AARC Follows Aftermath of Joplin Tornado
May 24, 2011
The entire nation was shocked to learn of the massive devastation caused by the EF5 tornado that ripped through Joplin, MO, on Sunday evening, leaving a swath of destruction covering about 30% of the city and causing at least 122 deaths and 750 injuries. Hundreds of people are still unaccounted for as well.
The AARC has activated its Disaster Relief Fund to help support members in the affected area, and we’ve also been networking with our members in Missouri to learn more about how this monster storm affected respiratory therapists and their health care facilities.
As most people know, the tornado struck St. John’s Regional Medical Center especially hard, killing five ICU patients on ventilators and one visitor to the facility.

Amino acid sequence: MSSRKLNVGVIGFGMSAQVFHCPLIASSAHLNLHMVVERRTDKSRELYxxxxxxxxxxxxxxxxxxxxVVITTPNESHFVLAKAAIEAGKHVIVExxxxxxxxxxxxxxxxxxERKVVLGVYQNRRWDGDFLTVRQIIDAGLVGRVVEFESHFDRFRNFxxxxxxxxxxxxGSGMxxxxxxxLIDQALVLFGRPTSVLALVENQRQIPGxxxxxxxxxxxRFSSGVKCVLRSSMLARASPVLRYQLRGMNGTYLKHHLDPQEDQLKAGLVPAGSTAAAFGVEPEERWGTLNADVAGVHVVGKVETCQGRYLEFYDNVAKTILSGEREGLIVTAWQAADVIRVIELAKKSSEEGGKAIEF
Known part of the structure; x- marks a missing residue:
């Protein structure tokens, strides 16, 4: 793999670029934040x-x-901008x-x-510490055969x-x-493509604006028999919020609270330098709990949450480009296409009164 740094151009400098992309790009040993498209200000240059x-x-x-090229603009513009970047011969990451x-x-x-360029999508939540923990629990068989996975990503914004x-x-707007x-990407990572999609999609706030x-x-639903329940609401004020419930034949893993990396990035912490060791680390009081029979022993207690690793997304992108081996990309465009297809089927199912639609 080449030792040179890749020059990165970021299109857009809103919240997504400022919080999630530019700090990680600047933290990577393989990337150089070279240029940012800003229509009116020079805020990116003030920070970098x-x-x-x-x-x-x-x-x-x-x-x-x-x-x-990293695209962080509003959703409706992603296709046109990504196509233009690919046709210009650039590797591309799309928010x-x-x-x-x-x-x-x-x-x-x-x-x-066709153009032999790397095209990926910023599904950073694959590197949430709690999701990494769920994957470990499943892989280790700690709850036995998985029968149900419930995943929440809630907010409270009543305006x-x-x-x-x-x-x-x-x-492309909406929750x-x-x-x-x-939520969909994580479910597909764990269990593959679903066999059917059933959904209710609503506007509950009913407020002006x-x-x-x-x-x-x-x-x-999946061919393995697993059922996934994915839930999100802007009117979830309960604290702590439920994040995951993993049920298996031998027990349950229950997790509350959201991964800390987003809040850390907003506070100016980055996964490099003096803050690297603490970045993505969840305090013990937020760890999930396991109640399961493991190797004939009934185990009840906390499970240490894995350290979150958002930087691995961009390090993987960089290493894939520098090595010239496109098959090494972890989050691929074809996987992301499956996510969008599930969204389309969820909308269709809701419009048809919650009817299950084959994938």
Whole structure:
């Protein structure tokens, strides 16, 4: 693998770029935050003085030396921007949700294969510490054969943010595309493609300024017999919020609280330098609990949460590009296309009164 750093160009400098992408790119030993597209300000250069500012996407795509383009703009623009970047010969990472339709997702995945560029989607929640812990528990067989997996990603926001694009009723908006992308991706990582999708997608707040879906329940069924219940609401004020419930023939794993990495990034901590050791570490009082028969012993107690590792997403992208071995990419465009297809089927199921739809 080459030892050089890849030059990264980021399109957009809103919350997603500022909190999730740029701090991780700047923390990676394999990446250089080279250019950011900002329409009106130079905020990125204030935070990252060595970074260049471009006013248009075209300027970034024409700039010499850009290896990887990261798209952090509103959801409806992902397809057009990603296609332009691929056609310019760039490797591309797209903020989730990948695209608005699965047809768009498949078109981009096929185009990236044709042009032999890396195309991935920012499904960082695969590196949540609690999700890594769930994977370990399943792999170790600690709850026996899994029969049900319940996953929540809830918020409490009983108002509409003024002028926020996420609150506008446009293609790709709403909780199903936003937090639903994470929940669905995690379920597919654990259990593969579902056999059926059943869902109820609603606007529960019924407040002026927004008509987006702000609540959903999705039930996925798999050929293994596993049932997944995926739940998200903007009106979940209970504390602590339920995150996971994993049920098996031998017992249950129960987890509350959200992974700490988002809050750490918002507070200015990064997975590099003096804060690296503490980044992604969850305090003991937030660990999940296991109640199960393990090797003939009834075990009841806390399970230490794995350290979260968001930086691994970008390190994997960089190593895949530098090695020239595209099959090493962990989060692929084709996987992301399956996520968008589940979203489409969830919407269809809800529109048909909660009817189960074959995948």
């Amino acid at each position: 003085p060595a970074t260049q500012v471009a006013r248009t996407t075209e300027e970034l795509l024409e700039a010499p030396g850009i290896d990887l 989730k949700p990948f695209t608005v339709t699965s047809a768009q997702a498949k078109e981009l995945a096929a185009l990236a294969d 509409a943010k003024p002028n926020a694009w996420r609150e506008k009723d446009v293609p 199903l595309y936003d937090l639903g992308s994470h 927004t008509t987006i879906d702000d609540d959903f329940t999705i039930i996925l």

"Our thoughts and prayers are with all those affected by this disaster," says Bill Lamb, BS, RRT, CPFT, FAARC, who is currently serving as speaker of the AARC House of Delegates and hails from Wentzville, MO. "St. John's Hospital was damaged by the tornado and was evacuated to other hospitals, and respiratory therapists played an important role in this response."
AARC member Heather Wade, RRT-NPS, a center manager at Lincare, was driving home from a trip when the tornado struck and arrived only to find that her house had been leveled by the storm. “We were late getting home from out of town, and that is a blessing,” she told us. “The devastation is unreal.” She and her family pitched in to help with the recovery Monday morning, digging a neighbor out of the rubble.
“I am sorry to say he didn’t make it,” she said.
Some of her daughter’s things have been found as far as 25 miles away, but the family continues to cope with the help of family and friends. “My RT and work family has been great,” says Wade, “offering to help in any way possible.”
MSRC quick to act